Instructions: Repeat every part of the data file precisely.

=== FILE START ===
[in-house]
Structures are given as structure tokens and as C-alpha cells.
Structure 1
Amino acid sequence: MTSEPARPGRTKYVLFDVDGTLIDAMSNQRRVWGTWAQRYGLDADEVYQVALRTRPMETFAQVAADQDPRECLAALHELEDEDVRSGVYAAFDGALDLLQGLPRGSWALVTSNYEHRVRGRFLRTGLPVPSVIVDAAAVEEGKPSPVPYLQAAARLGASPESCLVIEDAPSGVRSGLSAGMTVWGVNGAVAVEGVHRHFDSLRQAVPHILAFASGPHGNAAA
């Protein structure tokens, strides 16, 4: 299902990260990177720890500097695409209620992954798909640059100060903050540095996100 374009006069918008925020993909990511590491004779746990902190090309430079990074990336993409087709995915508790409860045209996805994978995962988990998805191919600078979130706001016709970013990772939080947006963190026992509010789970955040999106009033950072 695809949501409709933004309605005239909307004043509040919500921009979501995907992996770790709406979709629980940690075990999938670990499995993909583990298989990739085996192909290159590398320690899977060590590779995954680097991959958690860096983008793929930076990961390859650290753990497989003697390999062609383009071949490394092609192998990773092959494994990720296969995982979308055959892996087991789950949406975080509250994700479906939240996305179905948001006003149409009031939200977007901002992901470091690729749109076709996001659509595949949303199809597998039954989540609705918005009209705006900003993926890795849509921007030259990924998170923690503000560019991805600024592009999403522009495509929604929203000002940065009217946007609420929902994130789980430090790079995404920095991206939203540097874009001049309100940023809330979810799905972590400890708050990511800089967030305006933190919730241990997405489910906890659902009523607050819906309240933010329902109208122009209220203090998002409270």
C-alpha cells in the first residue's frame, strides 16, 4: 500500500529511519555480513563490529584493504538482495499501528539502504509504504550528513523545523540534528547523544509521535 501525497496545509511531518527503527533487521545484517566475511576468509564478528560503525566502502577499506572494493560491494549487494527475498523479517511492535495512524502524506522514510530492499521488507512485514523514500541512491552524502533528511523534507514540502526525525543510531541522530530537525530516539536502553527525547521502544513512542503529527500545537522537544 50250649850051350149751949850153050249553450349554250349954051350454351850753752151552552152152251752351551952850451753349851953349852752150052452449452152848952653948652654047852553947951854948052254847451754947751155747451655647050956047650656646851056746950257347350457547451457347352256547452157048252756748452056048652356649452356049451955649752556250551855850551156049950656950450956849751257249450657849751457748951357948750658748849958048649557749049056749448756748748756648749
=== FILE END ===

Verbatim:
[in-house]
Structures are given as structure tokens and as C-alpha cells.
Structure 1
Amino acid sequence: MTSEPARPGRTKYVLFDVDGTLIDAMSNQRRVWGTWAQRYGLDADEVYQVALRTRPMETFAQVAADQDPRECLAALHELEDEDVRSGVYAAFDGALDLLQGLPRGSWALVTSNYEHRVRGRFLRTGLPVPSVIVDAAAVEEGKPSPVPYLQAAARLGASPESCLVIEDAPSGVRSGLSAGMTVWGVNGAVAVEGVHRHFDSLRQAVPHILAFASGPHGNAAA
């Protein structure tokens, strides 16, 4: 299902990260990177720890500097695409209620992954798909640059100060903050540095996100 374009006069918008925020993909990511590491004779746990902190090309430079990074990336993409087709995915508790409860045209996805994978995962988990998805191919600078979130706001016709970013990772939080947006963190026992509010789970955040999106009033950072 695809949501409709933004309605005239909307004043509040919500921009979501995907992996770790709406979709629980940690075990999938670990499995993909583990298989990739085996192909290159590398320690899977060590590779995954680097991959958690860096983008793929930076990961390859650290753990497989003697390999062609383009071949490394092609192998990773092959494994990720296969995982979308055959892996087991789950949406975080509250994700479906939240996305179905948001006003149409009031939200977007901002992901470091690729749109076709996001659509595949949303199809597998039954989540609705918005009209705006900003993926890795849509921007030259990924998170923690503000560019991805600024592009999403522009495509929604929203000002940065009217946007609420929902994130789980430090790079995404920095991206939203540097874009001049309100940023809330979810799905972590400890708050990511800089967030305006933190919730241990997405489910906890659902009523607050819906309240933010329902109208122009209220203090998002409270």
C-alpha cells in the first residue's frame, strides 16, 4: 500500500529511519555480513563490529584493504538482495499501528539502504509504504550528513523545523540534528547523544509521535 501525497496545509511531518527503527533487521545484517566475511576468509564478528560503525566502502577499506572494493560491494549487494527475498523479517511492535495512524502524506522514510530492499521488507512485514523514500541512491552524502533528511523534507514540502526525525543510531541522530530537525530516539536502553527525547521502544513512542503529527500545537522537544 50250649850051350149751949850153050249553450349554250349954051350454351850753752151552552152152251752351551952850451753349851953349852752150052452449452152848952653948652654047852553947951854948052254847451754947751155747451655647050956047650656646851056746950257347350457547451457347352256547452157048252756748452056048652356649452356049451955649752556250551855850551156049950656950450956849751257249450657849751457748951357948750658748849958048649557749049056749448756748748756648749